During July 12-16, the Native Nations Institute hosted its second virtual Native American Youth Entrepreneurship Program. Our virtual entrepreneurship program is an abridged version of our weeklong camp that we previously hosted on campus at the University of Arizona. Our team worked hard to ensure that we provided the students with relevant content that they would need to develop and grow their businesses. During our online sessions we introduce the concepts of sales, marketing, and finance. We help the students discover who the target market is for their product or service, and we cover how they can track their finances. The students then complete a business plan worksheet, which they can later use to seek additional funding. Our team also works to stay in constant contact with the students. We provide a “business development hour” where students can ask our facilitators questions and discuss their business ideas.
Some students come to the program with only an idea for a business; others join us with products already for sale on their website. It is this range of experience students bring to the program that keeps things interesting. Our team works hard to learn about the interests of the students. We follow up with each student, and we continuously ask questions in breakout sessions so that the students are learning from our team and the experience of their peers.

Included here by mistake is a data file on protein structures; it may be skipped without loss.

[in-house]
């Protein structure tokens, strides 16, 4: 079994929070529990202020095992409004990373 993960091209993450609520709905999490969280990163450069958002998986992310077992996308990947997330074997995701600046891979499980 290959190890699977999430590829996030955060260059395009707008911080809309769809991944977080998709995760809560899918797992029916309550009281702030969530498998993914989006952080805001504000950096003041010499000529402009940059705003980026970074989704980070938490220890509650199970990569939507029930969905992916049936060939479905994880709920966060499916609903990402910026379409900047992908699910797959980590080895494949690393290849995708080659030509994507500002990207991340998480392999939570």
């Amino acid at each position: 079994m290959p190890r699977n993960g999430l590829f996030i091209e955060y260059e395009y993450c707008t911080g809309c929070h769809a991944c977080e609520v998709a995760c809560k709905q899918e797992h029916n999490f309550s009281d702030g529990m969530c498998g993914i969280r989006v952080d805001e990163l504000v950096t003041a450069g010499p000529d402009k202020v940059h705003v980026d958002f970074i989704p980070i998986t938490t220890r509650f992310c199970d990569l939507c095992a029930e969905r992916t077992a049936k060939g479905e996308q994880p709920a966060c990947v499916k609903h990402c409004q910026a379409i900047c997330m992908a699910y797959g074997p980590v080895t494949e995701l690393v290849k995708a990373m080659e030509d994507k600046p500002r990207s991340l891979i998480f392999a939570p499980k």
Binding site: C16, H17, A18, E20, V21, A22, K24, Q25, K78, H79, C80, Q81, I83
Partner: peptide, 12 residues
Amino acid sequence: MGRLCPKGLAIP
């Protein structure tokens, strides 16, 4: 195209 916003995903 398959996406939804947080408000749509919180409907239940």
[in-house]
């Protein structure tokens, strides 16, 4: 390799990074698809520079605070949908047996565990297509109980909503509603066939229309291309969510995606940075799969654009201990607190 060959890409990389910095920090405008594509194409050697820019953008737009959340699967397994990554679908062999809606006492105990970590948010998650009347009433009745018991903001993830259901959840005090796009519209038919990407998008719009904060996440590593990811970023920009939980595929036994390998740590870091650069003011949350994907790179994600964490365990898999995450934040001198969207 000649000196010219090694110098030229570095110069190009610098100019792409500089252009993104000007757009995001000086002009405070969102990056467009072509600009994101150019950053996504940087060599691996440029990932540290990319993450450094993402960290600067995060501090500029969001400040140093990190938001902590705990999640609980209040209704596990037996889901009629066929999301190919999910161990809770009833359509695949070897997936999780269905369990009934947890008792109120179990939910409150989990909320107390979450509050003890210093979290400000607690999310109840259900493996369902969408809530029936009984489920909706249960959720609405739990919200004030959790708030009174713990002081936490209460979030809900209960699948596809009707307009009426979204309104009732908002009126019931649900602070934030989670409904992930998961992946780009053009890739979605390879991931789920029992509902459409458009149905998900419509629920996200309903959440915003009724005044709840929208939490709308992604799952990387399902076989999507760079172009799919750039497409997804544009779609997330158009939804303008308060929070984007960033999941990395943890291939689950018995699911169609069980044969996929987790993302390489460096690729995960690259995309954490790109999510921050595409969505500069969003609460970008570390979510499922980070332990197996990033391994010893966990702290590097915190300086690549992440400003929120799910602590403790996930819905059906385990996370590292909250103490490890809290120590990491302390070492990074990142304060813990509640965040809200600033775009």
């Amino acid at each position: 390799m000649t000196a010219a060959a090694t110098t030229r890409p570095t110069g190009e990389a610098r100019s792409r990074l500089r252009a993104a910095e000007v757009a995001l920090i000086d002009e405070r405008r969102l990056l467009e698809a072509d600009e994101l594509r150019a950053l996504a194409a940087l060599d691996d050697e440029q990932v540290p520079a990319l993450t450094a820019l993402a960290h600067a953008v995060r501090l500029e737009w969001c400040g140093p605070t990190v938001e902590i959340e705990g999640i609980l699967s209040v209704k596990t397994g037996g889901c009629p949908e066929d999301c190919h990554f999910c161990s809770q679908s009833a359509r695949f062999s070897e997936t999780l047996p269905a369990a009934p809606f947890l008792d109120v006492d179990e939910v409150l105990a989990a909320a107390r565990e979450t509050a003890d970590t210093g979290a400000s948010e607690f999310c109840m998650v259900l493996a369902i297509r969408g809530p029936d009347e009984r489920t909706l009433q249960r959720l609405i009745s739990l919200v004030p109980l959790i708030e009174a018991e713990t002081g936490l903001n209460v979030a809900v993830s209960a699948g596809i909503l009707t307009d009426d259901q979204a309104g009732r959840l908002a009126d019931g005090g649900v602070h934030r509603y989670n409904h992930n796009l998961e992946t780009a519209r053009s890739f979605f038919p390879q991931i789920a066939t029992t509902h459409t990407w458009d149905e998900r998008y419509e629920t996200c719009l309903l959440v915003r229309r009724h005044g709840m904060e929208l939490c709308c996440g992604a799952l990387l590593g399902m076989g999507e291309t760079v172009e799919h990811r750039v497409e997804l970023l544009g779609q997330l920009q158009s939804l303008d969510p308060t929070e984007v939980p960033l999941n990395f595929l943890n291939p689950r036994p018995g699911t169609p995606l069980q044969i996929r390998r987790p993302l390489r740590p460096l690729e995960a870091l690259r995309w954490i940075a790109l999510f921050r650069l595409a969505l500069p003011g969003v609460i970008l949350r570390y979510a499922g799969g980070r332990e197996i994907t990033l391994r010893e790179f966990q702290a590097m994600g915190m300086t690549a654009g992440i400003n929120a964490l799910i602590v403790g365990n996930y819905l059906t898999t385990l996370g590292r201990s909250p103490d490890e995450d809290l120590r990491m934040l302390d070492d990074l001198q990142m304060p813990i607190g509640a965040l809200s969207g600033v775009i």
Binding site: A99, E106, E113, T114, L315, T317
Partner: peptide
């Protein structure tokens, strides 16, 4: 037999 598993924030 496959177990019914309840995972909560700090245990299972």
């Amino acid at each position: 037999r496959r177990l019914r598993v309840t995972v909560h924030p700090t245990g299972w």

During the final day of the Native American Youth Entrepreneurship program, the students submit two-minute business pitch videos. Native American entrepreneurs and student’s family and community members, join us online to watch each submitted video during the student showcase. This year we were honored to have Vernell Chase (Gros-Ventre Tribe and of Assiniboine & Mandan), Director of Tribal Relations and Business Development for FlintCo, serve as our judge for the student business pitch videos. Vanessa Roanhorse (Diné/Navajo) of Roanhorse Consulting (RCLLC) gave an inspiring and impactful keynote speech: